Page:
What Happens When a Church Is Closed?

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It’s becoming a more and more common occurrence across the globe. As demographics shift and the needs of Catholic communities change, some dioceses have to make the difficult decision to close down a church. When that decision is made, what exactly happens to a church that is to be closed down?

Parishes, and their associated churches, close for many reasons. Sometimes, an urban parish or church may close as demographics shift and people move towards the suburbs and vice-versa. Other times its a matter of houses of worship being structurally unsafe to be used to celebrate Mass and other parish activities.

Historically, a church was formally closed with the destruction of the majority of its exterior walls. Today, when necessary, the bishop of the diocese has the power to close down a church in a process called deconsecration.

“Sacred places lose their dedication or blessing if they have been destroyed in large part, or have been turned over permanently to profane use by decree of the competent ordinary or in fact.” – Code of Canon Law 1212

To close a church, a diocesan bishop must issue a formal decree that removes the consecration. However, the bishop must obtain permission from any person who can lay claim over the church. Usually, consent is given by the parish through the pastor. If the church grounds are the property of a religious institute, permission must also be obtained from the religious institute’s authority. An exceedingly rare case can occur if a person donated a significant grant on the condition the church remain sacred for a set period of time.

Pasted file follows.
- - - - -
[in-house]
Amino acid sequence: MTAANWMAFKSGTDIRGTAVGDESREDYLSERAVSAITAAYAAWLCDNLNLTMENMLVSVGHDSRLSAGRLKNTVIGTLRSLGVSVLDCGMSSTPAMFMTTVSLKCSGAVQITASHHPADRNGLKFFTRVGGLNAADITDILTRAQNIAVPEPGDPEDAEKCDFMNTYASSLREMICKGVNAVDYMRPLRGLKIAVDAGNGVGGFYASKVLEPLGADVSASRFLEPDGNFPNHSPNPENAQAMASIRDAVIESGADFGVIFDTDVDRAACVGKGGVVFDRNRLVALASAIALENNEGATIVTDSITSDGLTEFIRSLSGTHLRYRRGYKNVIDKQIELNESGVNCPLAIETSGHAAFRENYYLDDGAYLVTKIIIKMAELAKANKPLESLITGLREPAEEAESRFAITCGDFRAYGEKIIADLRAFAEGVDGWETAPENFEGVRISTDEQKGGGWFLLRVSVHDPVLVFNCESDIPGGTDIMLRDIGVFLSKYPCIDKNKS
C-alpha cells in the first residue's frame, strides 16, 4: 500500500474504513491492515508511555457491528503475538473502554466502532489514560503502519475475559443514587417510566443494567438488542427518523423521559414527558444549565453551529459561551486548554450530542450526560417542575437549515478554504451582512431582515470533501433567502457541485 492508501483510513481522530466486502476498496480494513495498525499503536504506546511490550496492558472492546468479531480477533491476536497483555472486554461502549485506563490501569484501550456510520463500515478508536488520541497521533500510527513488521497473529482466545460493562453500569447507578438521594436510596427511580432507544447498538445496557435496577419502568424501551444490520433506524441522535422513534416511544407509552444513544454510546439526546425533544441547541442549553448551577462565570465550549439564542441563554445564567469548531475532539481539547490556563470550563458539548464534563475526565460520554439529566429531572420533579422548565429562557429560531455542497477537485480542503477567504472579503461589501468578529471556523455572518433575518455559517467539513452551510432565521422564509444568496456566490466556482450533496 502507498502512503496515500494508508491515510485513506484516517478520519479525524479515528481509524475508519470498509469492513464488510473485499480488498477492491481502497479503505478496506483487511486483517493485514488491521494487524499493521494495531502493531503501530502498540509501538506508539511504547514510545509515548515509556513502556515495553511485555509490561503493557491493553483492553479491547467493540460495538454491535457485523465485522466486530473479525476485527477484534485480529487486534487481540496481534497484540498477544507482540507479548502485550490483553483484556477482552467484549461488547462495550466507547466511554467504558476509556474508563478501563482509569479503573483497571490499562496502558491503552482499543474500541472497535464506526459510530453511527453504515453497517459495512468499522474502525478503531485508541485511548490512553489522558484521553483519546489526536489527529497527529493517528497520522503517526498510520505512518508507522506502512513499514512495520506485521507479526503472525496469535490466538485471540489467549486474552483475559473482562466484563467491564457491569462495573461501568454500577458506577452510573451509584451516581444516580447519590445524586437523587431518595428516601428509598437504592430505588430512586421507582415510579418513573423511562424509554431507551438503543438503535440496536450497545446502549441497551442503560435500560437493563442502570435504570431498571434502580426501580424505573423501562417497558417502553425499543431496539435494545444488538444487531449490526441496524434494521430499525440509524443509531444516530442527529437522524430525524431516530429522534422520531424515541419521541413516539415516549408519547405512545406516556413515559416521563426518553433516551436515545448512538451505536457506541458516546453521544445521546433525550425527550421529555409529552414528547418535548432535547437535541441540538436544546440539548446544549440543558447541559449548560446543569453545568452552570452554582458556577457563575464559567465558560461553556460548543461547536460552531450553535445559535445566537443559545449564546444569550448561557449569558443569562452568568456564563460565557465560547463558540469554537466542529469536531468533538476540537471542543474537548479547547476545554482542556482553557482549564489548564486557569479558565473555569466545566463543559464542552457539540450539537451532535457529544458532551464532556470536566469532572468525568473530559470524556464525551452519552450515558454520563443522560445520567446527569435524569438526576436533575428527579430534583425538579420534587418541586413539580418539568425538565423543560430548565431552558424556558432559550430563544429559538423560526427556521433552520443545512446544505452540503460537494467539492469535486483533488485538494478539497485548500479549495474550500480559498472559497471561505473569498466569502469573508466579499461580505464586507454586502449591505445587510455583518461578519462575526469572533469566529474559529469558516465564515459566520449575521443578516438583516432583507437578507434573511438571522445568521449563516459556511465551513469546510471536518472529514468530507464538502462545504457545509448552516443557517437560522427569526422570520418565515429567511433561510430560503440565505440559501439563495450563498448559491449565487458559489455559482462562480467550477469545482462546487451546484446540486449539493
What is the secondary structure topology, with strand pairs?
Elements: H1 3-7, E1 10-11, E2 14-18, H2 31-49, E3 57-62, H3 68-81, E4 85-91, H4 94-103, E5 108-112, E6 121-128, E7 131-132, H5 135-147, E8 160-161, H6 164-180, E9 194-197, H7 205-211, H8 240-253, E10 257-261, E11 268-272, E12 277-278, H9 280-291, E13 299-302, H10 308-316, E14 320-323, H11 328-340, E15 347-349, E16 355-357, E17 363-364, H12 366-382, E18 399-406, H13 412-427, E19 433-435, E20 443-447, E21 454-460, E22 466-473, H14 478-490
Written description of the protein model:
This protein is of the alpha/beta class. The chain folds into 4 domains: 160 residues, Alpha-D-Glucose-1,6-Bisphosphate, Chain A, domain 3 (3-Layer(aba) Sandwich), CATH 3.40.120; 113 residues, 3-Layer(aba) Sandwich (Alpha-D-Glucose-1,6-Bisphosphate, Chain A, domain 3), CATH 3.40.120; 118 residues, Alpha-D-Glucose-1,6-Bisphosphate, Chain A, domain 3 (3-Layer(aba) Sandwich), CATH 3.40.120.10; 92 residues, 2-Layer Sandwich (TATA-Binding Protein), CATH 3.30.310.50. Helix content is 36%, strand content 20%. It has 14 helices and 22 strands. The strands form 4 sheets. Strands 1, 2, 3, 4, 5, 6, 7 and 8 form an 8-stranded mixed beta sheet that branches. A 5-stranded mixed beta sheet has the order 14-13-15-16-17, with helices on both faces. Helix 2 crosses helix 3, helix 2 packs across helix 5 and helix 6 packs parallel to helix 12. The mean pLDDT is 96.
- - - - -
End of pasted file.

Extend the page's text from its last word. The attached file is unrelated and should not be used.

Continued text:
Once permission is obtained, the diocesan bishop can issue the formal decree. While not required, a closing ceremony and procession may take place. With the decree, the church is relegated to profane use and is no longer an official church building, able to be sold for any use as long as it is not sordid.

“The diocesan bishop … can relegate it to profane but not sordid use with the consent of those who legitimately claim rights regarding the church and as long as the good of souls is not thereby impaired.” – Code of Canon Law 1222§2

Prior to being relegated to profane use, items such as consecrated hosts, relics, the altar, and any sacred art are removed from the building. Afterwards, any remaining items are usually given to other parishes or Catholic institutions as a sign of the continuation of the faith and respect. However, the bishop is able to offer up for sale to the proper outlets the church furnishings to raise funds for the diocese.

After the church closes, its associated parish is said to be suppressed. The parish can then be merged with surrounding parishes in a manner that best distributes the remaining parishioners in a process ultimately decided by the diocesan bishop.

“It is only for the diocesan bishop to erect, suppress, or alter parishes. He is neither to erect, suppress, nor alter notably parishes, unless he has heard the presbyteral council.” – Code of Canon Law 515§2

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